How to save money when moving out

May 05, 2021|

Moving to a new home can be expensive, straining your personal finances and potentially putting a hurt on your bank account. There’s not much getting around that. And according to the US Census, the average American will move 11.7 times in his or her life. That’s a lot of money going towards packing peanuts, rolls of tape and transportation costs. 

But if you’re ready to move out and are looking to reduce your moving expenses a little, it can be done. It just takes some planning and a little know-how. 

So let’s get to the moving tips. 

Be smart about your moving supplies

Maybe you’re crunched for time and your inclination is to simply head to the hardware store and plunk down your credit card to buy every box you might need for the move. Resist the urge. New boxes can cost a minimum of around $2 each at places like Home Depot and other stores. Depending on how big your move is, that’s not an insignificant amount of money. 

Instead, plan ahead a bit and avail yourself of all the places that might provide you with free boxes — starting with your own house. Save every Amazon box that arrives a couple months before your planned move. Stop by your local grocery store to see what they’ll let you take. Try the liquor store, as well. Those cartons are used to ship heavy bottles and are often nice and sturdy, making them ideal for moving. Hit up online forums, such as Craigslist or Nextdoor, to see if anyone is giving away free boxes. 

You can also ask your moving company if they will lend you moving boxes that you can use on the day. Some companies have wardrobes and other containers that you might be able to borrow, and avoid the expense of buying something yourself. 

You can also find ways to save on other packing materials. Don’t buy expensive (and terrible for the planet) bubble wrap. Save the packing supplies that come in your own packages, or use newspaper or advertising circulars. Pack your boxes with rolls of socks, T-shirts or other soft cloth that you’re going to be moving anyway. 

Choose the best time to move

Peak moving season is during the warmer months, generally from May to September. Demand is higher then, and you may find yourself paying a bit more if you move during those months. If you can schedule your move for the off-season, professional movers may cut you a deal. 

Also try to avoid moving on weekends. Moving companies may charge you a premium to move on Saturdays and Sundays. A good rule of thumb is to shoot for the middle of the week, if you can.

Are you currently renting? Then you might want to consider the month’s rent you’ve probably already paid. Will your landlord prorate that final monthly rent if you move out before the end of the month? Will your security deposit be returned? What about utilities and other living expenses? Plan ahead to ensure you’re not paying bills at an apartment you’re no longer living in.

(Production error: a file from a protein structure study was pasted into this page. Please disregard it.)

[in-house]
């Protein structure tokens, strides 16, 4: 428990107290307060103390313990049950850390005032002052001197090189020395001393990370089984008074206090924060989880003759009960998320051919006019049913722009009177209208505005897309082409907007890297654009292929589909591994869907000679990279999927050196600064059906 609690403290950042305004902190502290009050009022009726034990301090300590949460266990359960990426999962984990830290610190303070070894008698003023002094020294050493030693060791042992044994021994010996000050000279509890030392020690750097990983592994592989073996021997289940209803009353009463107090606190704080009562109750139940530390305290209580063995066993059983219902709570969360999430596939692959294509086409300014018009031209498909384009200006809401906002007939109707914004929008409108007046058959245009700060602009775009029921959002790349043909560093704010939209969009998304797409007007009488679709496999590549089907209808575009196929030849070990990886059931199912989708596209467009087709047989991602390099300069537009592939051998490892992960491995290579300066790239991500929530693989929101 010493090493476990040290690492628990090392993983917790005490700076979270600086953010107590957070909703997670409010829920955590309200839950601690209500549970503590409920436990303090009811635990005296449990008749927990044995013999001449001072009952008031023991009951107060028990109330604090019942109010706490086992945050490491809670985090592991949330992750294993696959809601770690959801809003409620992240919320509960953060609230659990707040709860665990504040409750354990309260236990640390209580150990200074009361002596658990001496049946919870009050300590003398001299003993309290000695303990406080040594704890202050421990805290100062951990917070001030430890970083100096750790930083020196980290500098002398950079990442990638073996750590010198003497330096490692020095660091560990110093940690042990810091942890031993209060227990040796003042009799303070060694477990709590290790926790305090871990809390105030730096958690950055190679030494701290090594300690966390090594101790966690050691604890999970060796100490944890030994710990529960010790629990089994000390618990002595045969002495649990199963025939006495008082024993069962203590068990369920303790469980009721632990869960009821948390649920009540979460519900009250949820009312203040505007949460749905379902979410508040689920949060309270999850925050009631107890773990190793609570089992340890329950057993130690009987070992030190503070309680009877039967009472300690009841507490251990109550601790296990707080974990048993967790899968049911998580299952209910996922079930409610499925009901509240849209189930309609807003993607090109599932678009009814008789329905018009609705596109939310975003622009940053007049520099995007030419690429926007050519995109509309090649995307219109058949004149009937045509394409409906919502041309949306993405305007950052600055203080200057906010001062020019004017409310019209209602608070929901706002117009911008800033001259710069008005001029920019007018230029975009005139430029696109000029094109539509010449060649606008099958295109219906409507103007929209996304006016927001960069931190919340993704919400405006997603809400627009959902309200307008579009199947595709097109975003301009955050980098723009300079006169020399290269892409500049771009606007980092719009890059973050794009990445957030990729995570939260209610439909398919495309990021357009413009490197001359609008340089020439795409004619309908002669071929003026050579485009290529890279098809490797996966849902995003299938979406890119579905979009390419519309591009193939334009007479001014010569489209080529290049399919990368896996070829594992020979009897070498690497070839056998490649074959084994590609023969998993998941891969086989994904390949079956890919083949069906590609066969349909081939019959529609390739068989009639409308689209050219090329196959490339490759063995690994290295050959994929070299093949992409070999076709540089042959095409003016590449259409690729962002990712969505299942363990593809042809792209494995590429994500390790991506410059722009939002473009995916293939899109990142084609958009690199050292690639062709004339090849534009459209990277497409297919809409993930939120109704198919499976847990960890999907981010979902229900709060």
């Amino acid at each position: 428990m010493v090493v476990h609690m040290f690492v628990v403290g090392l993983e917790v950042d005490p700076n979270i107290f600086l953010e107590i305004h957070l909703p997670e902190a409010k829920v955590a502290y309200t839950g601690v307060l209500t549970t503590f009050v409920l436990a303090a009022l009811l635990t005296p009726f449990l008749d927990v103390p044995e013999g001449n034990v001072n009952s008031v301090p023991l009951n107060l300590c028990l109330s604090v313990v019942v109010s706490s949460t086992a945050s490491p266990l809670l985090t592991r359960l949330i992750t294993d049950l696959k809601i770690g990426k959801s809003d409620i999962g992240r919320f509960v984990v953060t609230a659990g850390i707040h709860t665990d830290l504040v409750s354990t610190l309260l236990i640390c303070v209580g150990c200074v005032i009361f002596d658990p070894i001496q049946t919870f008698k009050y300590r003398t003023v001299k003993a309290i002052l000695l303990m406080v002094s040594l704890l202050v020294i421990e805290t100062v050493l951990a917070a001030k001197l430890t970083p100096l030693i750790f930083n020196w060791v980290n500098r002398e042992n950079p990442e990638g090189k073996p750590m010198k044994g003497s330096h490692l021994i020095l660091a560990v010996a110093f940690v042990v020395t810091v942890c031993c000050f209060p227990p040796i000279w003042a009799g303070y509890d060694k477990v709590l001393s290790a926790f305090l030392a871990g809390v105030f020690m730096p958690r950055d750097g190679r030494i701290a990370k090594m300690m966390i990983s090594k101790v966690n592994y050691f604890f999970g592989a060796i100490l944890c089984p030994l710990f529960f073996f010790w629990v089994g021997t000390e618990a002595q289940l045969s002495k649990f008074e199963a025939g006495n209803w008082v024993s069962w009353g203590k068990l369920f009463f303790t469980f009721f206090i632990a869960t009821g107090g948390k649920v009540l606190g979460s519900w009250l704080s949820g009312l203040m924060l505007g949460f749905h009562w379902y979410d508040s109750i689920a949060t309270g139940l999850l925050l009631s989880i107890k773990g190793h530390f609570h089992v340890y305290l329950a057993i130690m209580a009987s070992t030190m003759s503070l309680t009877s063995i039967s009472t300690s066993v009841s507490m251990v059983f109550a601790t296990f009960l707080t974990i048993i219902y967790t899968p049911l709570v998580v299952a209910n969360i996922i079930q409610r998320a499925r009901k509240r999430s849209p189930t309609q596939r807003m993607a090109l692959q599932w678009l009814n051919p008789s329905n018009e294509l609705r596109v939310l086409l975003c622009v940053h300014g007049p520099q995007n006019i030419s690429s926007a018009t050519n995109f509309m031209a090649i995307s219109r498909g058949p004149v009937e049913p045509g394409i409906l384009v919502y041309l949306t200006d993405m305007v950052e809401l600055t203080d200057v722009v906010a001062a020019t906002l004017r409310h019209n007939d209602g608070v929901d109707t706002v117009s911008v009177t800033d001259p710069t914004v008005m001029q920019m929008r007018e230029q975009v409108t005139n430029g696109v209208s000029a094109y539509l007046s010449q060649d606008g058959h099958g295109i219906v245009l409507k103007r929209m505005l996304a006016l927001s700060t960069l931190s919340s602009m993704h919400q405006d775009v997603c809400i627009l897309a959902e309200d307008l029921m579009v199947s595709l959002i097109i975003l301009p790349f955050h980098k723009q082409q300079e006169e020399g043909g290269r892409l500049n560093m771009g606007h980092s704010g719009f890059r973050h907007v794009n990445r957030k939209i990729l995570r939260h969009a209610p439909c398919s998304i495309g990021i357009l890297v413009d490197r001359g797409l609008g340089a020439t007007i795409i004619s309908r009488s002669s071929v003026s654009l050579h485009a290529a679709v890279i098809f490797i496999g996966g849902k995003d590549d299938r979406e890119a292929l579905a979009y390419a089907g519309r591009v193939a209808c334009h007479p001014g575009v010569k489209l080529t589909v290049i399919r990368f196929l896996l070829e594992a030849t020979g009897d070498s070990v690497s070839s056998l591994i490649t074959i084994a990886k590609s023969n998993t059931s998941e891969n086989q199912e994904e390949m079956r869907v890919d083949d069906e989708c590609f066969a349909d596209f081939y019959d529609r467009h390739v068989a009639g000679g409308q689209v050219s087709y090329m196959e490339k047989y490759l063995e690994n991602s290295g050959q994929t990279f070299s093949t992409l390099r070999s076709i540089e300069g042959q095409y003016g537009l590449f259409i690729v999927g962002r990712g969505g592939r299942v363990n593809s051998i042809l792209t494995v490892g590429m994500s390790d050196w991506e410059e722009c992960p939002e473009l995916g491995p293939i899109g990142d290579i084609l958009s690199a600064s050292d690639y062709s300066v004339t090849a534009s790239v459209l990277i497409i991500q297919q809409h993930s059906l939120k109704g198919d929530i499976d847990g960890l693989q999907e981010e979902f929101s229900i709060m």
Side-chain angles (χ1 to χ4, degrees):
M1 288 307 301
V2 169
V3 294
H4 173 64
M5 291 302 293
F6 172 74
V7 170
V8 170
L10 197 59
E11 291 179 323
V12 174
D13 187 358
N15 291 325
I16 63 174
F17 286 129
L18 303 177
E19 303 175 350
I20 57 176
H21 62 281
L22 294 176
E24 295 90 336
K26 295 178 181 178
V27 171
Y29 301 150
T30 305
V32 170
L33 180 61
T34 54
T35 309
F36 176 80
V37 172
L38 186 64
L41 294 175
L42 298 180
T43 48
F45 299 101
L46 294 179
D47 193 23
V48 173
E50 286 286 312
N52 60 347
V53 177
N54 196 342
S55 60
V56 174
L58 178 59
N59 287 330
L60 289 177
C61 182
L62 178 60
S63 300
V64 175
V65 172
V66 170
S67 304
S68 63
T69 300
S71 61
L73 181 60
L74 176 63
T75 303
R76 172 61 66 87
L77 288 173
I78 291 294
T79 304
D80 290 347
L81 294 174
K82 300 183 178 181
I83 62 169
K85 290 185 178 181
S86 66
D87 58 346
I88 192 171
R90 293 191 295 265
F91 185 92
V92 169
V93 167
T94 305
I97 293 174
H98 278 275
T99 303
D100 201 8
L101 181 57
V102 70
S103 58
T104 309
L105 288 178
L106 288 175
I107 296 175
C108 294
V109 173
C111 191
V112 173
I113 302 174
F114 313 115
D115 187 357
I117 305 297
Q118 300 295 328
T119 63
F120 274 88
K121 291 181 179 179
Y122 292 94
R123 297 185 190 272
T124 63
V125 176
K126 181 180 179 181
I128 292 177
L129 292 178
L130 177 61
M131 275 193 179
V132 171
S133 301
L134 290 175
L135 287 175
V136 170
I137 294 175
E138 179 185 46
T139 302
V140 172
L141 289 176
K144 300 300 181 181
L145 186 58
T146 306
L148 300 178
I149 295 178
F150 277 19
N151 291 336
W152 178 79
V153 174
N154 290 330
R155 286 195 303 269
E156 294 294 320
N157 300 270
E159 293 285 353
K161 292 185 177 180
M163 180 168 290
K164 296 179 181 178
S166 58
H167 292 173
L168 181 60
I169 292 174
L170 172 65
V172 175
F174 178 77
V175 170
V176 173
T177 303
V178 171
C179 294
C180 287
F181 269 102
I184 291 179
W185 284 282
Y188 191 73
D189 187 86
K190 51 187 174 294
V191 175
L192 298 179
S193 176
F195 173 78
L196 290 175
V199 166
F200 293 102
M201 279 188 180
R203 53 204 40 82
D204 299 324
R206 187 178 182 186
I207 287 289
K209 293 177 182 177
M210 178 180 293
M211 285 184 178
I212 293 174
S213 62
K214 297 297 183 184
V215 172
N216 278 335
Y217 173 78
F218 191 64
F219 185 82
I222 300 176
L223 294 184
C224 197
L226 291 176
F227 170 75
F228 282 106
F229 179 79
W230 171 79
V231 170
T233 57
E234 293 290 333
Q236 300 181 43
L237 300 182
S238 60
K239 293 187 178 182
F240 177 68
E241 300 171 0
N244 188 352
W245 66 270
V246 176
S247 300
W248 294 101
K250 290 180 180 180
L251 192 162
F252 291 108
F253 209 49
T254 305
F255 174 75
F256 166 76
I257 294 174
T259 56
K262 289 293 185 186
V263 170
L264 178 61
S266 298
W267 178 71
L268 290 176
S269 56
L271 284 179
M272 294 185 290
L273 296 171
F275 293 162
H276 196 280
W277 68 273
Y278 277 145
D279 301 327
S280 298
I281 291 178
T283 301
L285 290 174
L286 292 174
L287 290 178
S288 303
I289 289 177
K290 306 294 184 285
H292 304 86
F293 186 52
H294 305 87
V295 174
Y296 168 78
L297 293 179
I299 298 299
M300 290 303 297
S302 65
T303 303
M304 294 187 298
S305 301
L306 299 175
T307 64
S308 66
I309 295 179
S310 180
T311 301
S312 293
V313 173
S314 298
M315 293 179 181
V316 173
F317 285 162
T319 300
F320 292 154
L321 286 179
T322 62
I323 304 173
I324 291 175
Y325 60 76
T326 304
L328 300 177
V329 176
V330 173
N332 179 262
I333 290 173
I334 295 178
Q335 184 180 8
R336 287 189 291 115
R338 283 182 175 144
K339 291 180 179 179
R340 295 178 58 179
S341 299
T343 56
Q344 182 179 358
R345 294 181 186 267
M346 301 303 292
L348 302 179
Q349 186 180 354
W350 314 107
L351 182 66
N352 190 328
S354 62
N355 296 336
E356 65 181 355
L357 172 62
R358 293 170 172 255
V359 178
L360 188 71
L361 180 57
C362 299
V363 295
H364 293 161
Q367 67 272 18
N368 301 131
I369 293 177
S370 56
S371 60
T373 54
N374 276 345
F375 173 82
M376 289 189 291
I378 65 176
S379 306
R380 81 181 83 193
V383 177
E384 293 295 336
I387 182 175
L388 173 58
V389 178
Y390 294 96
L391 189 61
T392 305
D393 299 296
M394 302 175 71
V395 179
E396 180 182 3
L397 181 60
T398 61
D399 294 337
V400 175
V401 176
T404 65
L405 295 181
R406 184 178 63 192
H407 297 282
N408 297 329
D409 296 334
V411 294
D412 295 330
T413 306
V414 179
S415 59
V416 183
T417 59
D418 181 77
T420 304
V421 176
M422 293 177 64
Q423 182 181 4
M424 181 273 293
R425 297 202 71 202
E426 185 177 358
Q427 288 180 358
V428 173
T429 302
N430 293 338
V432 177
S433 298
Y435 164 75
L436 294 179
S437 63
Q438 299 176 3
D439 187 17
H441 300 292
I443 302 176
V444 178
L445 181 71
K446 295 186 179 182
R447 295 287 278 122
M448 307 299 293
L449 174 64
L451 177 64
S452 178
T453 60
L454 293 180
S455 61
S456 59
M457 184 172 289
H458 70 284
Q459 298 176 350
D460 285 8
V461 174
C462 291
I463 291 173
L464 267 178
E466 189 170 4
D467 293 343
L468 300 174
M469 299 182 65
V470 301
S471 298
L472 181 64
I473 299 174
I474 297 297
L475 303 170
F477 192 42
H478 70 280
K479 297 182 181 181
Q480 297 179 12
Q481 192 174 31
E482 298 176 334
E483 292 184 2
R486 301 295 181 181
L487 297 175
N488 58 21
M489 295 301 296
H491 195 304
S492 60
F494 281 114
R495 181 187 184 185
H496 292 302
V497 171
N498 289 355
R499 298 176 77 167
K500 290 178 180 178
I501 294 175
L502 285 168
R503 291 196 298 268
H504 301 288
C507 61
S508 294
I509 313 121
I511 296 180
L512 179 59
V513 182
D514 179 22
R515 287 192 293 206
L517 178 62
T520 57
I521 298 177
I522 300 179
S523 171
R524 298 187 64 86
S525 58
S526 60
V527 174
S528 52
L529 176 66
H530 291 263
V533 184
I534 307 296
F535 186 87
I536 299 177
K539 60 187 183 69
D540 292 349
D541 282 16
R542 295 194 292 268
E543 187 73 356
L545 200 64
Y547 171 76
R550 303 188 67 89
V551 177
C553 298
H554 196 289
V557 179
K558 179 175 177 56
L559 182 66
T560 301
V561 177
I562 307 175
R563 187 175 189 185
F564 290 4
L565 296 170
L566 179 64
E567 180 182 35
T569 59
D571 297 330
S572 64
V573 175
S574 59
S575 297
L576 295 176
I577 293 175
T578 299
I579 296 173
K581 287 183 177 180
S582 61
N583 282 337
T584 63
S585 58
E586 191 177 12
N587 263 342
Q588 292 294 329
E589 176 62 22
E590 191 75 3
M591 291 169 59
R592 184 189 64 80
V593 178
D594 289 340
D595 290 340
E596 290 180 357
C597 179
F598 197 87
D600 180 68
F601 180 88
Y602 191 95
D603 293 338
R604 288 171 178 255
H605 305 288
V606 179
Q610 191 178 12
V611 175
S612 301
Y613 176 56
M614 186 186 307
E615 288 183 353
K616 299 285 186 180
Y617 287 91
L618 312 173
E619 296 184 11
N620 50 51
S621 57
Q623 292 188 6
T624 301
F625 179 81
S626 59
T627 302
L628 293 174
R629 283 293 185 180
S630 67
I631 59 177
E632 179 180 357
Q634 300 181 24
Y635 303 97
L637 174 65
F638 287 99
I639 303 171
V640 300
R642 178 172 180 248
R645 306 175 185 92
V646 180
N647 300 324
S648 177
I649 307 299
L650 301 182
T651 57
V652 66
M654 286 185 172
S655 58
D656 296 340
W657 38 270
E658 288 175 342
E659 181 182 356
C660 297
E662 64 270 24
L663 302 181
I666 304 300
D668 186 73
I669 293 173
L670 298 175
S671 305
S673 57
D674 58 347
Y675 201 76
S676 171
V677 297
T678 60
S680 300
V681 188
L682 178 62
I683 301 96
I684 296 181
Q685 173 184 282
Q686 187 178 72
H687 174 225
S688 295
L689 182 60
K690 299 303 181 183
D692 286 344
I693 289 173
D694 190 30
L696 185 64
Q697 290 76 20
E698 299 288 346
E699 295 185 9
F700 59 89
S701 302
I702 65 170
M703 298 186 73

Make like Marie Kondo and ditch everything that doesn’t spark joy

Maybe even ditch it if it does spark joy. Long-distance moves charge by weight, which means you’re basically paying for every item that gets loaded onto the moving truck. Think hard if you really need that old encyclopedia set or those heavy ski boots that you haven’t worn in ten years. 

If you do decide to ditch some things, the good news is, not only will you not be paying to transport all your old stuff, you may be able to make some extra money by selling the cast-offs. Once you’ve figure out what you’ll be moving and what items you’re leaving behind, you can host a garage sale, or you can sell the items on Craigslist or eBay

If you’d rather not go through the hassle or don’t have time to sell your old things, you can always donate any unwanted items to charity or thrift stores and potentially take a tax deduction. 

Get creative with your budgeting

Examine every facet of your move for potential savings. For example, when you’re traveling to your new home and need to stay overnight, do you have to stay in a hotel? Especially when the average cost of a room per night is about $186? Is your parents’ house on the way, or maybe a friend’s apartment? Why not arrange to stay with them instead? 

And when it comes to meals in the days leading up to your move, try to run down all the food you have in your house. You paid for it, after all, and throwing it away is just money down the drain. Although take-out might look really, really appealing as you’re busy stuffing belongings into boxes, create a day-by-day menu instead that uses up as many of the ingredients you already have.

Do everything yourself

Renting your own moving truck and doing a DIY-style move to your new apartment or house might save you some money. How much depends on lots of factors, and managing your own move takes a lot of time and sweat. It also comes with logistical headaches. But if you’re willing to put up with all that, you may save enough money to make doing it yourself worthwhile. 

Or only do some things yourself

You can always try a hybrid move, especially if you’re moving locally. That could mean moving some things yourself and availing yourself of moving services to take care of the rest, including larger items and furniture. Local movers generally charge by the hour, so cutting down on the amount of stuff they have to move may save money. One disclaimer though: Most moving companies have a minimum charge for a job, so it probably wouldn’t be worth your while to have them move one item.

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